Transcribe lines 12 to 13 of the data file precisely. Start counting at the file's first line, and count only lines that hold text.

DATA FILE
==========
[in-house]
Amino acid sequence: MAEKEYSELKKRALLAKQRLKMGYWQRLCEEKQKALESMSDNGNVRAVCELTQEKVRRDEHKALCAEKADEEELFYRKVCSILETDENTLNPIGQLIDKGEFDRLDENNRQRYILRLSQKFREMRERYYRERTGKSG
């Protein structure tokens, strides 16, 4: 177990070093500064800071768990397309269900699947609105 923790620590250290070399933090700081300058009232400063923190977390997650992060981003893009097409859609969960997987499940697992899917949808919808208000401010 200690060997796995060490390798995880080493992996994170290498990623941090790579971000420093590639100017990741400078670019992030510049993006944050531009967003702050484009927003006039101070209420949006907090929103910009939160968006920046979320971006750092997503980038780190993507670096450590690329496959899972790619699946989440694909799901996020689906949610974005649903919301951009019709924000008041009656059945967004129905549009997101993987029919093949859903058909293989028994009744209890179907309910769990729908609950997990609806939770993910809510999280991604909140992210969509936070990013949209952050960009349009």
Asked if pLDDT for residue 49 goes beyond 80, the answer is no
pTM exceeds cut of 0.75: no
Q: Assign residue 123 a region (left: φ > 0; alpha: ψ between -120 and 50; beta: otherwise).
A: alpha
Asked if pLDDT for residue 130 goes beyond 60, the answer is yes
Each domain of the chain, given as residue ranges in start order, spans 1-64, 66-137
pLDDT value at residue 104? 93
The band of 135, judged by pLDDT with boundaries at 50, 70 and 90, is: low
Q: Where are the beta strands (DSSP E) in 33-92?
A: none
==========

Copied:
Q: Where are the beta strands (DSSP E) in 33-92?
A: none